The court battle began in December of 2003 when angered landlords sued the tenant group for posting flyers that they claim “defamed” them and spearheaded the end of their relationship with Washington Mutual Bank.
After the bank decided not to refinance the property mortgage, the landlords retaliated with a restraining order in hopes of eliminating NWBCCC’s community advocacy that highlighted the northwest Bronx’s substandard housing conditions.
“They got them shut out from going into the buildings for nine months,” said Wendy Stryker of Frankfurt Kurnit Klein & Selz, PC, the law firm that assisted NWBCCC with the case.
The coalition was bringing attention to the falling ceilings, cascading water leaks, faulty security systems and vermin infestation in apartment buildings at: 1055 Grand Concourse; 2205 Walton Avenue; 2315 Walton Avenue; 2268 Washington Avenue and 2334 Washington Avenue, when the case was brought against them.
In court, Steve Tobia represented himself as the owner of the corporation that managed the buildings.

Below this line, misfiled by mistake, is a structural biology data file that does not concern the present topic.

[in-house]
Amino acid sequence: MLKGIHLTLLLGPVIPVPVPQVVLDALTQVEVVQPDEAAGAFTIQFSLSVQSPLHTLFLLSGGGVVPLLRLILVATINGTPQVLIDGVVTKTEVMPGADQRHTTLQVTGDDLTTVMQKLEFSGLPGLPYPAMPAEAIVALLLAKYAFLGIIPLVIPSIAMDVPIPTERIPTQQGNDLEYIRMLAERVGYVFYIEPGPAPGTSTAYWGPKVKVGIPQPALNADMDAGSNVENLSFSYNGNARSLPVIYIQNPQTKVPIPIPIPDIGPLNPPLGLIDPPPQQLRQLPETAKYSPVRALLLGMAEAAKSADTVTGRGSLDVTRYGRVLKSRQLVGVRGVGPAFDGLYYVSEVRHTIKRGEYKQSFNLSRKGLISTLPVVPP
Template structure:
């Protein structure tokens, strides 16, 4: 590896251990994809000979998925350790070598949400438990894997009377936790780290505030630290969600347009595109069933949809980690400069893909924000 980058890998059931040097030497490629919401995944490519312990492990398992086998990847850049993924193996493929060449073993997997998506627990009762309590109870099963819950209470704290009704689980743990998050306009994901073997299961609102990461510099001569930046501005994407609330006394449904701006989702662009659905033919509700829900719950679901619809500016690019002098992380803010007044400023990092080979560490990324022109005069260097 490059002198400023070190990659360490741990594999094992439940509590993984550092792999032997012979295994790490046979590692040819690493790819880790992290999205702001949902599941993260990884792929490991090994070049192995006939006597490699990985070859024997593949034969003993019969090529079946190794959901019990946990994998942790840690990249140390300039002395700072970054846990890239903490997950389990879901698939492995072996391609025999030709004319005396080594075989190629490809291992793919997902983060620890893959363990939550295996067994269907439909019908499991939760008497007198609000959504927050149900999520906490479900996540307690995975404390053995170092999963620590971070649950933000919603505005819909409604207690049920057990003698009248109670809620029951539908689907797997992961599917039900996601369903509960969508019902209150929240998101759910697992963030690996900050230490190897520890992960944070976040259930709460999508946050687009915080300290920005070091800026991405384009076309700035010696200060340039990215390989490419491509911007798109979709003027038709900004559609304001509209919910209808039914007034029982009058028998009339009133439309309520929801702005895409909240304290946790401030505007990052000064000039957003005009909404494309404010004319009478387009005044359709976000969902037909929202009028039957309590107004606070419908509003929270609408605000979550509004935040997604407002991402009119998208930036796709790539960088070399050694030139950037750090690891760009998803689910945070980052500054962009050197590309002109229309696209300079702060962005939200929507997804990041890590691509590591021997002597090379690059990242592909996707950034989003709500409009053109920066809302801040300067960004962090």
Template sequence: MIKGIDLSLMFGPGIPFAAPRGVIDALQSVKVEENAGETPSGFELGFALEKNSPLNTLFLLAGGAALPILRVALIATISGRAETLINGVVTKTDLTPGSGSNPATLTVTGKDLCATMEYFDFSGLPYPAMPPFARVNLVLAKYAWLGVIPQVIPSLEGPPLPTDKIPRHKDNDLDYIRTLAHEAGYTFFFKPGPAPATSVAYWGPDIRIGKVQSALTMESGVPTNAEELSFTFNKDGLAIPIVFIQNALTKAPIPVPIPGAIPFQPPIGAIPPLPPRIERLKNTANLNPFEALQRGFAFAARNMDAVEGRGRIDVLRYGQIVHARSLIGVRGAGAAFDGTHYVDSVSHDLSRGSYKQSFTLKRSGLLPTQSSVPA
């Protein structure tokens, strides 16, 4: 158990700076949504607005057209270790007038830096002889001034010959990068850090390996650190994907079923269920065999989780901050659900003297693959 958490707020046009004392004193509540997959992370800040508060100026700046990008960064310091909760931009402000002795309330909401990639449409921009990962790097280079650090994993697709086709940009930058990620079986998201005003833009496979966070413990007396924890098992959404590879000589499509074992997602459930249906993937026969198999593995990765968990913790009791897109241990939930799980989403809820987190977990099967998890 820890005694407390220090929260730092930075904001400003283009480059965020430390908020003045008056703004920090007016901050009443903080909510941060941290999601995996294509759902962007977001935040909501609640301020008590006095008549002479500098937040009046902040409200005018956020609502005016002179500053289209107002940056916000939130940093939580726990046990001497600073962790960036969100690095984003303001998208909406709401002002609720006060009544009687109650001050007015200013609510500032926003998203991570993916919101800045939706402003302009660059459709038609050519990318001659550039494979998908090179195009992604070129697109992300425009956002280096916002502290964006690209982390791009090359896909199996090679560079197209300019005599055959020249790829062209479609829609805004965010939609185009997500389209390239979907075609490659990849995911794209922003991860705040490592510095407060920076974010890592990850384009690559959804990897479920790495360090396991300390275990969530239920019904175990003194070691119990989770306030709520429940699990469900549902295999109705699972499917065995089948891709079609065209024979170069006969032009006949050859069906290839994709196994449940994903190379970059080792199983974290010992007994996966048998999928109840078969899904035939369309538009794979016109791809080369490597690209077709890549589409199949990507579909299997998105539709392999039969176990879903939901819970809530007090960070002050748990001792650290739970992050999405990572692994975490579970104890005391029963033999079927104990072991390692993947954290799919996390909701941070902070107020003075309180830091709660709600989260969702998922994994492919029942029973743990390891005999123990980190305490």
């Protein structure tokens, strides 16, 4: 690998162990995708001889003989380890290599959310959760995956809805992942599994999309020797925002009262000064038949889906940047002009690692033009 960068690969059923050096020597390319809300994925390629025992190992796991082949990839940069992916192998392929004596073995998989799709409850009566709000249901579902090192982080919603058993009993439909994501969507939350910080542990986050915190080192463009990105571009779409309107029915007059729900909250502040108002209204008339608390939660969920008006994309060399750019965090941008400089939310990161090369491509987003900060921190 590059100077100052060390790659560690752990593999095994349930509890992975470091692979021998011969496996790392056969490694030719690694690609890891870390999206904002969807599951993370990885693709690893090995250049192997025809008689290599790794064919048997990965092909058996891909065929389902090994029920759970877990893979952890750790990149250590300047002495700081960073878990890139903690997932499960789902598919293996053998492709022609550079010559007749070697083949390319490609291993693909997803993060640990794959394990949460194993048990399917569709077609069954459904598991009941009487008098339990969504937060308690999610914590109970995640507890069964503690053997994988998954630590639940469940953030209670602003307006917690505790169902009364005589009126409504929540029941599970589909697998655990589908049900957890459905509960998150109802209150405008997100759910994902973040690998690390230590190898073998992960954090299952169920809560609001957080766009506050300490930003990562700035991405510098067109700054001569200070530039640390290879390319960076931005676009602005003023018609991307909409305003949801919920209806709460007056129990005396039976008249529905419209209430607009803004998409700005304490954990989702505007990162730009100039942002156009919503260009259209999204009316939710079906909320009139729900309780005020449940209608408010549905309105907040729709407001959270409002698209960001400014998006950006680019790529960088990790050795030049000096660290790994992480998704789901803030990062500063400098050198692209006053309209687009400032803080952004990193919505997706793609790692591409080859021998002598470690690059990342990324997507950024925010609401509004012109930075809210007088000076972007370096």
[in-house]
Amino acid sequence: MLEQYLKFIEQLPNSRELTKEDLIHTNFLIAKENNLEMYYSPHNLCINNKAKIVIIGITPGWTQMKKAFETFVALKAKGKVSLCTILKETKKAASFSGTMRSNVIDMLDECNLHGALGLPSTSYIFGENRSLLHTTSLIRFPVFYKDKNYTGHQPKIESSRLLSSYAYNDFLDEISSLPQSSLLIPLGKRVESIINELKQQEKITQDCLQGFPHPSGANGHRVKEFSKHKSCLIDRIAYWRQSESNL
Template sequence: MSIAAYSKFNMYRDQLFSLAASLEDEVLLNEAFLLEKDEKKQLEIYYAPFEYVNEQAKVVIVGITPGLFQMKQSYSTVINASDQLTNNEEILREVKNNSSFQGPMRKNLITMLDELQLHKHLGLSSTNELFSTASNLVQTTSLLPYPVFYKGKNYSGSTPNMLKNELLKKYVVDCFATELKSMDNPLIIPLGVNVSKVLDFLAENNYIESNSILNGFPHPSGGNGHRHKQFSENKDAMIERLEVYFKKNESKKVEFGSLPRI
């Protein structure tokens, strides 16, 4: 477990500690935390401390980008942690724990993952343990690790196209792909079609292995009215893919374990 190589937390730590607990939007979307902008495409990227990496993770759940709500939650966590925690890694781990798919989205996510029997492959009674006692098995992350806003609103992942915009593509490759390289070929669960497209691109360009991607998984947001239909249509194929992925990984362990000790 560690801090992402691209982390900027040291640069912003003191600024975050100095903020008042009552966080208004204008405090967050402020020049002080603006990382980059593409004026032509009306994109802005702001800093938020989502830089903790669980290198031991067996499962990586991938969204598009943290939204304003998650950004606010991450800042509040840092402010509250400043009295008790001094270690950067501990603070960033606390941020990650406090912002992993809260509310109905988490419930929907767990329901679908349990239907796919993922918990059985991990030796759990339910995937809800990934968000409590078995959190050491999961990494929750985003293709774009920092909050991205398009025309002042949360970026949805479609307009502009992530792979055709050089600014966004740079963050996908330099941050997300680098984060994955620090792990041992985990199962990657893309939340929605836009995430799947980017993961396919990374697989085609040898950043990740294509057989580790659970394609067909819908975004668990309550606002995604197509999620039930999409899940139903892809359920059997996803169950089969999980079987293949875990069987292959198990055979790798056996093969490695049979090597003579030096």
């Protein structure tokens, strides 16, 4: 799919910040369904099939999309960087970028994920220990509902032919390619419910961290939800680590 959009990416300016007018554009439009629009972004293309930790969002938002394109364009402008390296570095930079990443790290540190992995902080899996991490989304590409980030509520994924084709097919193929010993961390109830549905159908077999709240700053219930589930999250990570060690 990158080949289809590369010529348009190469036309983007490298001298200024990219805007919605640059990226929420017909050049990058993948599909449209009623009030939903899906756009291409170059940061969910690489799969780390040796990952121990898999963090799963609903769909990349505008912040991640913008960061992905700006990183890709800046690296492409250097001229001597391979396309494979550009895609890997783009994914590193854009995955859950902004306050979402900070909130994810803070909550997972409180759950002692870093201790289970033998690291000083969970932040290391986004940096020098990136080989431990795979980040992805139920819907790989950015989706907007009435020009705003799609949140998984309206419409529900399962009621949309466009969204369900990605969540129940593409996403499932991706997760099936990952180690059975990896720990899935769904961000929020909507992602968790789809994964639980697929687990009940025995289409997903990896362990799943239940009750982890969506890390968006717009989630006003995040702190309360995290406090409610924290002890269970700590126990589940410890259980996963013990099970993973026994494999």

“This litigation has always been a thinly veiled effort by landlords to use the courts to avoid tenant pressure to make desperately needed repairs,” Ray Brescia, Urban Justice Center counsel, said.
With assistance from Kurnit Klein & Selz, PC, as well as the Urban Justice Center, NWBCCC not only successfully fought the restraining order, but also filed an “anti-SLAPP” counter-claim to protect themselves from similar landlord assertions in the future.
“The ‘anti-SLAPP’ law protects advocacy groups from harassment by deep-pocketed landlords,” Stryker explained. “Without the ‘anti-SLAPP’ provision, groups assisting under-served communities would be unable to avoid being shut down by costly litigation.”
While the defamation claim was dismissed in 2006, it wasn’t until recently that a judge also dismissed the $1.8 million that Frank Palazzolo, who signed as the building’s corporation president on all bank loans, claimed in damages for a so-called “tortuous interference” with WaMu.
“This sends a clear message to landlords that tenant organizing cannot be stopped by frivolous claims,” Brescia said.
Thrilled with the court’s decision, Urban Justice Center project director Harvey Epstein said it’s not over yet.
“We’re going to go back to court and get attorney’s fees and counter claims,” he said about rightfully reclaiming the money they’ve lost throughout the bogus legal battle. “We’re talking in the hundreds of thousands of dollars.”
Continuing their 30-year tradition of uniting northwest Bronx residents and institutions to discover solutions for community problems, NWBCCC board member Myra Goggins said it’s great to once again work worry free.
She said, “We’ve had the threat of this lawsuit hanging over us for years and we’re so relieved that we can once again focus on helping tenants.”